IMG_0483-isotropis_cuneifolia.jpg

     

    IMG_0484-burchardia_multiflora.jpg

     

    Part 2 of that day will follow....

    Regards,
    Christian

    • Like 1
  21. Hello,

    last September i have been together with some friends on a cp trip in Western Australia. We found by far more many carnivorous plants, orchids and other stuff than we could imagine. I am still sorting my pictures and will post them here, whenever i have some ready. I have already posted some in the german forum, so please forgive me in case you have already seen some of them.

    We spent the first day nort of Perth on our way to Cervantes. The first location was a lake, still in Perth. There we foud the following plants.

    IMG_0165-drosera_erythrorhiza.jpg

    IMG_0175-drosera_erythrorhiza.jpg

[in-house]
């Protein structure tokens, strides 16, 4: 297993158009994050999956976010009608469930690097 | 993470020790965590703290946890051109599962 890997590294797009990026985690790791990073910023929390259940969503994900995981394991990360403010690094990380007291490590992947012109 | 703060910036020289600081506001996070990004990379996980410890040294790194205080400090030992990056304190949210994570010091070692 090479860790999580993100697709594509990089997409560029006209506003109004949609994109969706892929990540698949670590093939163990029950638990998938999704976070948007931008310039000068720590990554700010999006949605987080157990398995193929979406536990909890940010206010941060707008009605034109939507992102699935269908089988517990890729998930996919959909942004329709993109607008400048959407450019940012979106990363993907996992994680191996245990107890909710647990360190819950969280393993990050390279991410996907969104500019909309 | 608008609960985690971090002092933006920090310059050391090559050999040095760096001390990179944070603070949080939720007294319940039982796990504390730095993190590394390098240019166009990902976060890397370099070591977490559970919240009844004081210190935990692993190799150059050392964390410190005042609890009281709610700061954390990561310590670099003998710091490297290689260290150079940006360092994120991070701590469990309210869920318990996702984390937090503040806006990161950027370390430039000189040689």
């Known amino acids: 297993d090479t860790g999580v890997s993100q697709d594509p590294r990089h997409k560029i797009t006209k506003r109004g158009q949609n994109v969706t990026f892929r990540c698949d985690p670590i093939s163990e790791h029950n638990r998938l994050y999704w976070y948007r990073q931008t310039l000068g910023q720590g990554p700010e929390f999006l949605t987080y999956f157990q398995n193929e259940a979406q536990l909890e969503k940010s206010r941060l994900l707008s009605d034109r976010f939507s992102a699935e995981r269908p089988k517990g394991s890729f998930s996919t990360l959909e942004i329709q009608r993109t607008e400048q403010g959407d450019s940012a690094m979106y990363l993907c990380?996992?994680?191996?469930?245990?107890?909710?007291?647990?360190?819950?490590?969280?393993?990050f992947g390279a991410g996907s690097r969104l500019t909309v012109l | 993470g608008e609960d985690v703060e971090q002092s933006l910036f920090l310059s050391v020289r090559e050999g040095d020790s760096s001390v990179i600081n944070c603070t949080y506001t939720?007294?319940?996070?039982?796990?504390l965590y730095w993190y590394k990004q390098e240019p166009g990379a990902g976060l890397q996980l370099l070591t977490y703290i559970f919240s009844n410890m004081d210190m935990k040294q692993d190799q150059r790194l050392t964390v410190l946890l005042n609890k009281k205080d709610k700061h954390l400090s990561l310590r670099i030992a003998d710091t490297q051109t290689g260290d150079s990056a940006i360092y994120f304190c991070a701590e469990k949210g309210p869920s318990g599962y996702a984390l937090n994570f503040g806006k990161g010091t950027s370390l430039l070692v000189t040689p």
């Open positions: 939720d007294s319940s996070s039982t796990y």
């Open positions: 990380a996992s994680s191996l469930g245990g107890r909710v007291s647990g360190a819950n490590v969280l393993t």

IMG_0181-drosera_erythrorhiza.jpg

    Drosera erythorhiza is probaby the most widespread species in that area. If you find cps, there will probably bee some of them as well. The only Drosera, that might rival D. erythrorhiza is D. glanduligera. It's one of the most wide spread Drosera throghout Australia. You will find them almost everywhere in South Western Australia. Interestingly it is very hard to grow

    IMG_0212-drosera_glanduligera.jpg

    Drosera pulchella is likely the pygmy Drosera we found most often. They are ofen found on very wet places (which is not typical for Drosera in that area).

    IMG_0198-drosera_pulchella.jpg

    The lakes around Perth are know for the hybrid D. x sidjamesi (patens x pulchella). As it is very hard to identify none flowering pygmy Drosera i am not 100% sure, but i think the following plant is one of these hybrids.

    IMG_0218-drosera-x_sidjamesii.jpg

    This evening we wanted to stay in Cervantes. Cervantes is know for the Nambung National Park and the Pinnacles Desert. That's a must if you are in that area. The landscape is just amazing!

    IMG_0276.jpg

    IMG_0281.jpg

    IMG_0282.jpg

    IMG_0287.jpg

    IMG_0310.jpg

    IMG_0322-eolophus_roseicapillus.jpg

    IMG_0325-eolophus_roseicapillus.jpg

     

    Regards,

    Christian

     

    • Like 1